Artificial intelligence can detect criminals based on facial features – study

© Max Rossi
Although it may sound like something from a scene in the Hollywood movie ‘Minority Report,’ artificial intelligence may be able to predict if an individual will be a criminal based on his or her facial features, according to a new study.

Shanghai’s Jiao Tong University analyzed the features of 1,856 faces that had been uploaded onto a computer and found “some discriminating structural features for predicting criminality, such as lip curvature, eye inner corner distance, and the so-called nose-mouth angle.”

The researchers from the report believe that computers have the ability to detect future criminals by scanning facial features such as the lips, eyes, and nose.

As a result of the analysis, four artificial intelligence-based categories were formed, from which the authors of the study claim an individual’s behavior can be predicted with “consistently well-performing” accuracy.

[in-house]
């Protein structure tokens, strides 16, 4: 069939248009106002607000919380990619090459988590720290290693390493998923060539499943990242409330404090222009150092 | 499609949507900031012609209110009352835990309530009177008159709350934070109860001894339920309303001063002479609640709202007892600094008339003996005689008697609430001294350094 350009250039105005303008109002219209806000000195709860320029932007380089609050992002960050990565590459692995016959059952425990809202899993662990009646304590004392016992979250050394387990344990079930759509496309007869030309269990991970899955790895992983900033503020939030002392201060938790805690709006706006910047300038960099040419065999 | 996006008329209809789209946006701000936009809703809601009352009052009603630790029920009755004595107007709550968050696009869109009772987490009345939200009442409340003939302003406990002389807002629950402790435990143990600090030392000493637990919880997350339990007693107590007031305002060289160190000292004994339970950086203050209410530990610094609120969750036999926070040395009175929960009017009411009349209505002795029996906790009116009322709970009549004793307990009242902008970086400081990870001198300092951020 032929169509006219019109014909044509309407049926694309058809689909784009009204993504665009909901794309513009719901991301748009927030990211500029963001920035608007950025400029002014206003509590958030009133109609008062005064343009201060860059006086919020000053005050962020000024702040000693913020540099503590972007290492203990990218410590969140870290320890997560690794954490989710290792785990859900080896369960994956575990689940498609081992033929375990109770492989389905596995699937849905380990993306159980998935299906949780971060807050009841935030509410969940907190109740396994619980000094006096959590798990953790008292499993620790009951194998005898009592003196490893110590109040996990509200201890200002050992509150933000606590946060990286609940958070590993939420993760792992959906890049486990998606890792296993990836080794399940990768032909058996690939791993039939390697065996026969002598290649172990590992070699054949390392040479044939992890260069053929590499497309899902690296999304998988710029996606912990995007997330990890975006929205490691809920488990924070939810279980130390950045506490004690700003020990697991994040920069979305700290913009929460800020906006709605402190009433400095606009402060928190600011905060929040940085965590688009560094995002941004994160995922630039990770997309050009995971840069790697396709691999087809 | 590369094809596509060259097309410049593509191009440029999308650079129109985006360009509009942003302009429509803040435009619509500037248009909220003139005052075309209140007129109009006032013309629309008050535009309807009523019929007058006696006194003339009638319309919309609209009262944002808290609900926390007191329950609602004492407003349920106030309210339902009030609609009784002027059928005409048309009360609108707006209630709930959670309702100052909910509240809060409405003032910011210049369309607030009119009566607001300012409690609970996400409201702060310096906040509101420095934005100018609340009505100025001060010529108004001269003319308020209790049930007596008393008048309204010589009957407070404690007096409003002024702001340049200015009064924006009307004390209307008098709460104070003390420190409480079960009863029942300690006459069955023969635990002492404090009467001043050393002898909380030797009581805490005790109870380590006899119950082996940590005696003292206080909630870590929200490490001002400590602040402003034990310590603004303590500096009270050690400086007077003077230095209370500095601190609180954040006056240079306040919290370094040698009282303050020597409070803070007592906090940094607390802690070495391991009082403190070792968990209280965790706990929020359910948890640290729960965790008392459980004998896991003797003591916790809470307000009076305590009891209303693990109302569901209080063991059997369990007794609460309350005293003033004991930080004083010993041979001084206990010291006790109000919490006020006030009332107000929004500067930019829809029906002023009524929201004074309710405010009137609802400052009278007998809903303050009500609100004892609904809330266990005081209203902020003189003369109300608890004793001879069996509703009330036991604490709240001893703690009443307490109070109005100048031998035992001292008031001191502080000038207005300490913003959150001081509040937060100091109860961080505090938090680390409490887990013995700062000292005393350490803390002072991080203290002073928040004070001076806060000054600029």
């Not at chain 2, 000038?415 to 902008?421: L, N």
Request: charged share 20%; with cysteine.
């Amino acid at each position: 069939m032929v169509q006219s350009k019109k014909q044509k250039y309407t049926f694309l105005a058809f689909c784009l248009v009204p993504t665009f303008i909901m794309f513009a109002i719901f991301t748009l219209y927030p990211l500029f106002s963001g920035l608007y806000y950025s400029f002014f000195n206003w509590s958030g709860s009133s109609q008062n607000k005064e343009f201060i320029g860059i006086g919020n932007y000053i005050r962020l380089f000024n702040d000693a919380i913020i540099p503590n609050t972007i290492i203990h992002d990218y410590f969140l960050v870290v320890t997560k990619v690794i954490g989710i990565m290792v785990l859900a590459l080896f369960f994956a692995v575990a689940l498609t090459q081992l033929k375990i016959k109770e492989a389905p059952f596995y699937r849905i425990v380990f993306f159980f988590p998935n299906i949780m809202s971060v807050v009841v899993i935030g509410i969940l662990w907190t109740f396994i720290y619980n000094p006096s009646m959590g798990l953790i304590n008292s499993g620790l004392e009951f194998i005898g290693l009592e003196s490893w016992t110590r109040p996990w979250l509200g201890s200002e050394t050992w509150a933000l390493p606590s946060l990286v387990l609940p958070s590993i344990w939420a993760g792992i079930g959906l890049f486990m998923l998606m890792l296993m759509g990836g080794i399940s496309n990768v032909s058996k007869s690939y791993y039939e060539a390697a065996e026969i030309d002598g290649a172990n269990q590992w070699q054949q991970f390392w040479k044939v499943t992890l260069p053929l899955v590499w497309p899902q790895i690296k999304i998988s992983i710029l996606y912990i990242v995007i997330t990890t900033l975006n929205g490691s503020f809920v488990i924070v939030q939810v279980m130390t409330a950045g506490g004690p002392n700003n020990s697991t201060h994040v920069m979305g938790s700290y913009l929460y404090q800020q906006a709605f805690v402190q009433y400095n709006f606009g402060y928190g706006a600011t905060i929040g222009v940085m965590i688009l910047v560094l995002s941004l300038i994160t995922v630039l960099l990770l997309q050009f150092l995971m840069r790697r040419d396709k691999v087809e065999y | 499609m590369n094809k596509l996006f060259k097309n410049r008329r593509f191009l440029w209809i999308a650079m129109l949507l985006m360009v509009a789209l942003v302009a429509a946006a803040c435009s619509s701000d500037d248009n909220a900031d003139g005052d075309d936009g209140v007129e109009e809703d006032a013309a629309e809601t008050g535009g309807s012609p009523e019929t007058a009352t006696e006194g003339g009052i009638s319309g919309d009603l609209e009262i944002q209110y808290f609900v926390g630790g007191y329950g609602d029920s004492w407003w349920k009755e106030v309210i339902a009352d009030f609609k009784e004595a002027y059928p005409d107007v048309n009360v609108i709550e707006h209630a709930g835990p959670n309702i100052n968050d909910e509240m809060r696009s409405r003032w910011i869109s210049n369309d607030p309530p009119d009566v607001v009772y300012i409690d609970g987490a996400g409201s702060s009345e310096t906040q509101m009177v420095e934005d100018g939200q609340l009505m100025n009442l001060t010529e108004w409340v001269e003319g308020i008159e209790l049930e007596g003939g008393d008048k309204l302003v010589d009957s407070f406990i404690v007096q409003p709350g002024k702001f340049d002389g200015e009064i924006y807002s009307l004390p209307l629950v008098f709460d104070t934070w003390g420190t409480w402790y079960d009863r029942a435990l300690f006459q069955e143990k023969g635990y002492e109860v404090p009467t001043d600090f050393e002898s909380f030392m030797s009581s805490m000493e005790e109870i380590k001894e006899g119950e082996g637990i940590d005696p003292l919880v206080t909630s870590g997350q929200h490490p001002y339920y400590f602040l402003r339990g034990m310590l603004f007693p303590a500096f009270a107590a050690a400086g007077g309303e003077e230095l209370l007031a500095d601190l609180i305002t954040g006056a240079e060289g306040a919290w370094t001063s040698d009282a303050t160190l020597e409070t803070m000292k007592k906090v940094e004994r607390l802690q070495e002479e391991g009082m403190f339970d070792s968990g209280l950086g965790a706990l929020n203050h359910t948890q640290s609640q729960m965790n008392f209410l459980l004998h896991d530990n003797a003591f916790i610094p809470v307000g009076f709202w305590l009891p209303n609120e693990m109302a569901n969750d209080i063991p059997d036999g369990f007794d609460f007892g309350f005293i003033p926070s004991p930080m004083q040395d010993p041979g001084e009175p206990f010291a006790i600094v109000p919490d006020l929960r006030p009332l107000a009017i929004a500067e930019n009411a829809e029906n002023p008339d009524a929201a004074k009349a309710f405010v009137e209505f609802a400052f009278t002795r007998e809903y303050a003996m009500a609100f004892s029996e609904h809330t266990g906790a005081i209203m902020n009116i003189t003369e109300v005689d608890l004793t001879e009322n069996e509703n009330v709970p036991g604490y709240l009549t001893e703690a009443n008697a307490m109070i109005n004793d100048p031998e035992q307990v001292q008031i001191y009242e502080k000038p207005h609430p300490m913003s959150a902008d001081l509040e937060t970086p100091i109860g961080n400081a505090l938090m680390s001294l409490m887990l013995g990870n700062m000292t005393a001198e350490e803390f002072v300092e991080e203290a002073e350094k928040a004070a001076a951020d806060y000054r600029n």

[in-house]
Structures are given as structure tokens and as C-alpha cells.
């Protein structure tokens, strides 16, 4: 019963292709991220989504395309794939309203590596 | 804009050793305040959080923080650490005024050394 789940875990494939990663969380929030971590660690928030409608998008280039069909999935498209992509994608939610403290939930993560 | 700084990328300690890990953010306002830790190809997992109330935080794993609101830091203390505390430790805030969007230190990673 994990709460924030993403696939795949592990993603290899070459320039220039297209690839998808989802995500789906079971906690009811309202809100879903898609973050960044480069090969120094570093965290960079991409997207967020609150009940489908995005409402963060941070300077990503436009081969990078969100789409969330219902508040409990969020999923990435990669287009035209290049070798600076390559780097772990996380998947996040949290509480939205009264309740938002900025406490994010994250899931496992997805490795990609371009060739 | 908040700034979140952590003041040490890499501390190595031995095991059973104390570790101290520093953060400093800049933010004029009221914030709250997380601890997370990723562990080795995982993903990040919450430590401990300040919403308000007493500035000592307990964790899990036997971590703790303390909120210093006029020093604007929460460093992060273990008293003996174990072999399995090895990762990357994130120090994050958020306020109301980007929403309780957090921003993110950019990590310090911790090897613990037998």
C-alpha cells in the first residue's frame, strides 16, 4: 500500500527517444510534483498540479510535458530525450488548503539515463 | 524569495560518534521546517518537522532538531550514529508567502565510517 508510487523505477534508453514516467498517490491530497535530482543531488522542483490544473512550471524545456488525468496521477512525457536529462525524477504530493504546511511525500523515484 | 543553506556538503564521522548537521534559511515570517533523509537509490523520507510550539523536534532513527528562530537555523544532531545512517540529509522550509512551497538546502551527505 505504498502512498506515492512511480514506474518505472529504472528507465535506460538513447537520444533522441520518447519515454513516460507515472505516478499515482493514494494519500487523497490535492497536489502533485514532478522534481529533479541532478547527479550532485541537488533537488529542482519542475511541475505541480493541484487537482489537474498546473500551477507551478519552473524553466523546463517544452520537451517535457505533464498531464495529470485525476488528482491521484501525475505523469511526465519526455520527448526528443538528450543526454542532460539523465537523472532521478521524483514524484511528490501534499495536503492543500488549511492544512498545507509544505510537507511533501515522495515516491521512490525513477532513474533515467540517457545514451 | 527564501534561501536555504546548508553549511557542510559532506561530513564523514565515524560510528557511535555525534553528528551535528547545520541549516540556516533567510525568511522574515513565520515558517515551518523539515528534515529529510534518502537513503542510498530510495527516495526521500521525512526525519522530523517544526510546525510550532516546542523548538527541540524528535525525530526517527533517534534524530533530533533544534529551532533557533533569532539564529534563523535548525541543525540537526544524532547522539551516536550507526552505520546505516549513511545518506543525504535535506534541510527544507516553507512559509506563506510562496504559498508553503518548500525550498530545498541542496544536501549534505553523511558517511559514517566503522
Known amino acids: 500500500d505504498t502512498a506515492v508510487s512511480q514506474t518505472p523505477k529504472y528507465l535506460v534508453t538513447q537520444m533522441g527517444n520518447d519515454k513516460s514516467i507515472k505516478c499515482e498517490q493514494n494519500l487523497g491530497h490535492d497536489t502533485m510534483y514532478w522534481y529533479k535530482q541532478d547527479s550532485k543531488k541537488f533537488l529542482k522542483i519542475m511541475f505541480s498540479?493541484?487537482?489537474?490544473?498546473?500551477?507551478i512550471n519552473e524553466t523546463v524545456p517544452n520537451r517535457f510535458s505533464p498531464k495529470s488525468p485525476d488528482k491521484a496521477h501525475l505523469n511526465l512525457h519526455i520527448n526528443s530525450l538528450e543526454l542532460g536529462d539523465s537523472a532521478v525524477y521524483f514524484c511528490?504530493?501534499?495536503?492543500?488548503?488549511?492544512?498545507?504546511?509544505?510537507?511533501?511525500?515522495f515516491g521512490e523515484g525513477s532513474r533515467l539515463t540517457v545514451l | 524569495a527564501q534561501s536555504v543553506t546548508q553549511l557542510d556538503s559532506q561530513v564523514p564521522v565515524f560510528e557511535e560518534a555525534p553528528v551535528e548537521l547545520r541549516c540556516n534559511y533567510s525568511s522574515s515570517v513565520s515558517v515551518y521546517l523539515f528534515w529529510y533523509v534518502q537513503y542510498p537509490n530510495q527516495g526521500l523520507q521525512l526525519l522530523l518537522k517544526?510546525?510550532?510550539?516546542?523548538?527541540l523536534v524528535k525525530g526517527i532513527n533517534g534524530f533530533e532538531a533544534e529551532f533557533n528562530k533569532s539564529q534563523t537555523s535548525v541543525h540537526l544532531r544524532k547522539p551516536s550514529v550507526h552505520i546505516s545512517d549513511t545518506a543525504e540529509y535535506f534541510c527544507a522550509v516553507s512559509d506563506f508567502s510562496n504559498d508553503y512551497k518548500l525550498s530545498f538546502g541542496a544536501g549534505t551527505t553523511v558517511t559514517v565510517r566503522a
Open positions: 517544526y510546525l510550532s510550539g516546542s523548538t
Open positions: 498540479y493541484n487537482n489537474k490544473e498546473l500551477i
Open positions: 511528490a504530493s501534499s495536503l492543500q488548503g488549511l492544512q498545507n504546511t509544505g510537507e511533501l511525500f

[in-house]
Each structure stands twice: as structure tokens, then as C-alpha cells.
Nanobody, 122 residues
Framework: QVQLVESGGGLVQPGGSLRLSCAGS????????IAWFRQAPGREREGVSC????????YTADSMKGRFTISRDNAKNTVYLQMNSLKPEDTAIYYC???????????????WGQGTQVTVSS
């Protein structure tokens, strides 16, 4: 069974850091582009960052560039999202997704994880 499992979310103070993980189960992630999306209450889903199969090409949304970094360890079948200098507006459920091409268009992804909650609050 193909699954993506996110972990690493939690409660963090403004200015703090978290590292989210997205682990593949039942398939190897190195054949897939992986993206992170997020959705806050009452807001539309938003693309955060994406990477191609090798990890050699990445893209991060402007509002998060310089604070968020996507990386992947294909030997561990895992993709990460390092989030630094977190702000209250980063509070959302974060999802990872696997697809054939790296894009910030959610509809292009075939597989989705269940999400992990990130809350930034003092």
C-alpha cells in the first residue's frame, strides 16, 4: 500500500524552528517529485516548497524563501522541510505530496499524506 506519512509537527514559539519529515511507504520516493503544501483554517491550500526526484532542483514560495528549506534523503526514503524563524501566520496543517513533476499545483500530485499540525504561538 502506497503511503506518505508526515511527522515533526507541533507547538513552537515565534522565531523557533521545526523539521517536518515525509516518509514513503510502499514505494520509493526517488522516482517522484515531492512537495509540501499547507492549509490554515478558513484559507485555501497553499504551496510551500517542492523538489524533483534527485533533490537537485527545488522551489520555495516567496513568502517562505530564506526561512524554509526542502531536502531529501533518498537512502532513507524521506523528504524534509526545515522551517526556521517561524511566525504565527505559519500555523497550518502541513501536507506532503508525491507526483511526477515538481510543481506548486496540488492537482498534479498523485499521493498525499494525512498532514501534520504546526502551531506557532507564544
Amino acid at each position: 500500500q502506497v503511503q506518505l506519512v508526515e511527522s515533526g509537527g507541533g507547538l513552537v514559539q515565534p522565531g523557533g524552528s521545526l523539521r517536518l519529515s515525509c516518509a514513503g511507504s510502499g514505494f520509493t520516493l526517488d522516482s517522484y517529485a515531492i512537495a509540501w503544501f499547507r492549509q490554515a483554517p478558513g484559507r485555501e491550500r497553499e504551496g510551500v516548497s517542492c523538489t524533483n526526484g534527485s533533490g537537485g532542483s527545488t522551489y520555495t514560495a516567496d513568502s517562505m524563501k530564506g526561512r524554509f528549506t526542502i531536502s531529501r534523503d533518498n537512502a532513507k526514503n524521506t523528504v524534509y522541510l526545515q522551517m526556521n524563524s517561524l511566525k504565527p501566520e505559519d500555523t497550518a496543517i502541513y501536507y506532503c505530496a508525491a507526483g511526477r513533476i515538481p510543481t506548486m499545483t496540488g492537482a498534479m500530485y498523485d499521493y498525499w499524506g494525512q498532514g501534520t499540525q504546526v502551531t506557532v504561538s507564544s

The study found that from the categorization, “all four classifiers perform consistently well and produce evidence for the validity of automated face-induced inference on criminality, despite the historical controversy surrounding the topic.”

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Using various techniques to test their findings, the authors of the study came to the conclusion that their observations noting the correlation between a person’s facial features and criminal tendencies are “reliable.”

“By extensive experiments and vigorous cross validations, we have demonstrated that via supervised machine learning, data-driven face classifiers are able to make reliable inference on criminality,” the report reads, adding that they have apparently discovered “a law of normality for faces of non-criminals.”

“After controlled for race, gender and age, the general law-abiding public have facial appearances that vary in significantly lesser degree than criminals,” they wrote.

Although the latest study has caused concern among those skeptical or apprehensive about artificial intelligence, the UN took a more favorable view in August 2015, when they expressed hope that AI data analysis could help end world poverty by 2030.